When you invest in an early-stage startup, you will often receive “pro rata rights.” This means you have the right to invest in future fundraising rounds.
Pro rata rights are extremely important. They give you the option to invest in each subsequent fundraising round to avoid dilution (if you need a clear explanation of how dilution works, click here).
The “pro-rata right” is the right to continue to participate in future rounds so that you can maintain your ownership. Let’s make it concrete with an example. You invest $50k in a seed round at a $5mm cap and own 1% of the company. The next round is a $3mm round at $9mm pre, $12mm post. If you don’t participate, you will be diluted 25% and will then own 0.75% of the company. On the other hand, if you buy 1% of the round, a $30k investment, you will continue to own 1% of the company. Your “pro-rata right” in this situation is a $30k allocation in the next round.
I think this is the single most important term anyone can negotiate for in a venture capital investment.
Pro rata rights are important because when you invest in a startup that really takes off, it’s likely that competition to invest will become intense. With pro rata rights, you’re entitled to invest an amount that allows you to maintain the same ownership percentage.
This allows you to essentially double down on your winners. And that’s a powerful tool.
In a new blog post this week titled “The Long Buy,” Wilson expanded on the importance of pro rata. Here’s an excerpt…
One of the many things that venture capital has taught me is the value of the long buy.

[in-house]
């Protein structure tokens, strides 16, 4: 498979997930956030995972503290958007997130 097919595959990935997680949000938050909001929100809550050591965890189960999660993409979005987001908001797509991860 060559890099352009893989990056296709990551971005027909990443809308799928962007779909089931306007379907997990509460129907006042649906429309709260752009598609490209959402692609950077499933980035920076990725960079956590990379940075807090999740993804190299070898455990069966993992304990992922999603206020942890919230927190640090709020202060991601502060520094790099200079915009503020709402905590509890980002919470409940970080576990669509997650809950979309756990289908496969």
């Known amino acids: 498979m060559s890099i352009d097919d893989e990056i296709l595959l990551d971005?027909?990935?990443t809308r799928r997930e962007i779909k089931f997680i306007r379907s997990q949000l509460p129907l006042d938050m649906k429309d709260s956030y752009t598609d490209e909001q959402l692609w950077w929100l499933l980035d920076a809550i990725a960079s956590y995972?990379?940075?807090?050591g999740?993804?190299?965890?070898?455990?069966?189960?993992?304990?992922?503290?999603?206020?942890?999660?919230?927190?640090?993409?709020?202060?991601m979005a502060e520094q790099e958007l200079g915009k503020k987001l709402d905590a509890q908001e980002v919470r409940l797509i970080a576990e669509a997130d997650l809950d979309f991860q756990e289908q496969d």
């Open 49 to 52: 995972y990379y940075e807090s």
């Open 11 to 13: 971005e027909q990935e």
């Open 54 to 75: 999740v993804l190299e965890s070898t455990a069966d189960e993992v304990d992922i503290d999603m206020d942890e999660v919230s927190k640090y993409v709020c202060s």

What I mean by a “long buy” is buying shares in a company over a long period of time. We have investments where we have bought shares seven or eight times over a ten to twelve year period.
There are a bunch of reasons why a long buy is so attractive:
- You get to learn more about the opportunity before committing significant funds and each and every subsequent investment is based on a better understanding of the business, the team, the market, the product, etc.
- You get to build a blended purchase price which is less dependent on the circumstances of a particular moment in time.
- There is often a moment, sometimes several, over the course of a long buy when the company or its market is out of favor, and you can aggressively step up your purchase on more attractive terms than were possible in the first few purchases.
The entire post is well worth a read (and AVC is a great place to learn about early-stage investing).
I’ve been investing in startups online for more than five years. And I’ve come to appreciate the importance of pro rata more and more. At first, I rarely took advantage of the option, believing it was better to invest in new opportunities.
But as I became more experienced, I learned that when you’ve got a potentially big winner, it’s better to double down rather than find a new opportunity. I now take advantage of pro rata rights at least 35% of the time. And that number keeps going up.
AngelList makes it easy to take advantage of pro rata rights. As a previous investor, you get priority. And you’ll almost always be able to invest enough to maintain your ownership percentage. Sometimes you will even have the option to take “super pro rata” and invest more than necessary to keep your ownership percentage the same.
Note: Not all deals include pro rata rights. And sometimes even when they do, you may not get the chance to invest. This is ultimately up to the founders. And if new VCs are coming into the deal, they will occasionally wipe out previous investors’ pro rata rights. I’ve seen this happen only a handful of times, however. The vast majority of the time, previous investors’ pro rata rights are respected.